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Mark E. Henry Sr.

Downtown was a bright and exciting place where the farmer’s market always filled the air with the aromas of fresh fish, produce and bread.  Children laughed and ran through the crowds as their mother’s anxiously shopped and the police knew everyone by their first names.  That was a long time ago.  There’s no longer a farmer’s market, you never see children downtown and it smells like exhaust and old buildings, with the occasional aroma of human waste as you pass a recessed doorway or an alley.   


Linda Thomas sits with her head down crying on an old couch in the small living room of her third floor downtown apartment.  She's been crying now for three hours and she won't be stopping any time soon.  Tommy, her boyfriend stands silently in the doorway, in a new shirt, a tie and new shoes.  This was to be their special day but he doesn't really know of anything he could possibly say or do to even begin to try to make her feel better.


Tommy and Linda have lived downtown all of their lives.  It's where their parents worked and it's all they've ever known.  Tommy's parent died when he was young and he's been scrounging on the streets ever since.  He survives by getting into a little of everything and most of it is not exactly legal.  Linda has worked a low paying job at a nearby restaurant since high school. Well, “Restaurant” is really stretching it.  It's a diner but that sounds so cliché, an ugly little dirty diner with a selection and quality that only a local employee could possibly appreciate.  She has no siblings and her parents, aunts and uncles all passed away years ago.  No one but Grandma Martha, the sturdy old battleship, survived the years. 


Martha always wanted Linda and Tommy to get married and leave downtown. She offered them many times to come and live with her in the quiet suburbs and get out from among the robbers, taxi cabs and slum lords.  Linda wanted to go but she couldn't leave Tommy although he was stupid, worthless and would never amount to anything more than that, he was someone to lie next to in bed and he needed her.  Tommy secretly wanted to go too but becoming completely dependent on an eighty year old woman and his girlfriend was just too much to swallow.  Martha knew that.  So on Linda's thirty eighth birthday, she put on her thick old black coat, took her walking cane from behind the door and left the suburbs to go downtown for a visit.  She took a cab from the quiet safety of her little neighborhood, to the train station and took the long ride into downtown. 


The station had changed a lot.  The smell of urine and the way people avoided eye contact was eerie and dirty.  It was only a short walk of not even a mile from the station to Linda's apartment so grandma naturally walked it.  She wanted to see how things had changed since she had last been downtown many years ago to sign mortgage papers on the little house that her and grandpa shared through the years before he died.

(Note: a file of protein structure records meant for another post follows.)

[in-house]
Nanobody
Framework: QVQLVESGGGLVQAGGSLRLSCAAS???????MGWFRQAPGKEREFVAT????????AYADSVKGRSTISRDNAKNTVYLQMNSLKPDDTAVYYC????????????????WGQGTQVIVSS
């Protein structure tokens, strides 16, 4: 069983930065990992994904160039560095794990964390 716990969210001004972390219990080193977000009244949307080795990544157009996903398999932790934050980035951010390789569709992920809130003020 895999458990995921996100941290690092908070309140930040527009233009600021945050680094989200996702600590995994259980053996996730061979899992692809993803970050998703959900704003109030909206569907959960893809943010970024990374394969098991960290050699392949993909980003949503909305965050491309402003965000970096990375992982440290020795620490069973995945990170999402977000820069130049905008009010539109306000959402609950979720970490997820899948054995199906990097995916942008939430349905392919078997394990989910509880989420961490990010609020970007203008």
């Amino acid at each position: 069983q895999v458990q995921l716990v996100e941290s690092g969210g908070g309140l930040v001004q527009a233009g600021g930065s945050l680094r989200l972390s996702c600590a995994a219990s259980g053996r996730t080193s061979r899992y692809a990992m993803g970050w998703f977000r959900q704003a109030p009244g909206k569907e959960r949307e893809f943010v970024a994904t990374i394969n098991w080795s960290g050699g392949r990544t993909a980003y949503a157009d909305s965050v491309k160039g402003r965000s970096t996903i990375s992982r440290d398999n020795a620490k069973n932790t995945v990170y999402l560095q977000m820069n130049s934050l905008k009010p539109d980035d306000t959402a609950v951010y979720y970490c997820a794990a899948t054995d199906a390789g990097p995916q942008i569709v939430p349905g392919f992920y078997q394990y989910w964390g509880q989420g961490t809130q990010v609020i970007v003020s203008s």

She was a tough old woman and this was her home so she wasn't the least bit afraid when a young punk asked her for a dollar.  She looked at him sternly and told him not to spend it on alcohol, reached into her purse and gave it to him.  But when he snatch her purse from her hands and said, “What do we have here?” that pissed her off so she smacked him on the head with her cane and during his moment of shock, took her purse back. As soon as he was over his momentary stunning, he became furious as though she started the whole thing.  He pushed her back into the alley and she fell.  She tried to scream out but he held his hand over her mouth and called her terrible words, threatening to kill her if she made a sound but that didn't scare her either.  She gave him a kick where it counts and started to shout but her words where choked to silence.  He held her by the throat, squeezing until she was still.  He took an envelope of money from her purse, the ring lovingly placed on her finger at her wedding over sixty years ago and ran away, disappearing between the buildings.  No one looked, no one helped, no one cared. 


It took the police two days to find Martha's next of kin and when they came to Linda's door, she was already terrified.  She knew that only something very serious could have stopped Grandma Martha from calling her on her birthday.  That phone call had been the one stable thing in Linda's life since her earliest childhood.


The police drove Linda to identify Martha's body and. exposed her grandma's lifeless face by unzipping a plastic bag. They took Linda back home where she sat down on the couch, very weak from sadness and horror and started to cry. That was three hours ago. Now she was truly alone.  There was nothing to look forward to and no one who really loved her with that deep, unchanging love that separates the sheltered from the lonely. 


So Tommy stands there in the doorway all clean and dressed up.  He was finally ready to propose to Linda but now he’s speechless and horrified by the reality of that which cannot be undone.  His sanity slowly climbs up out of his head and leaves the apartment to walk away into the streets where it will revisit his crime, never to return.  Leaving him to the iron clasp of a worthless life and the burning hell closing in all around him now that he knows the seventy five hundred dollars in his wallet and the ring in his pocket are what Grandma Martha was bringing for him through Linda as birthday presents, to be sure that before she died, he and Linda would have the means to finally get married, find happiness and leave downtown.

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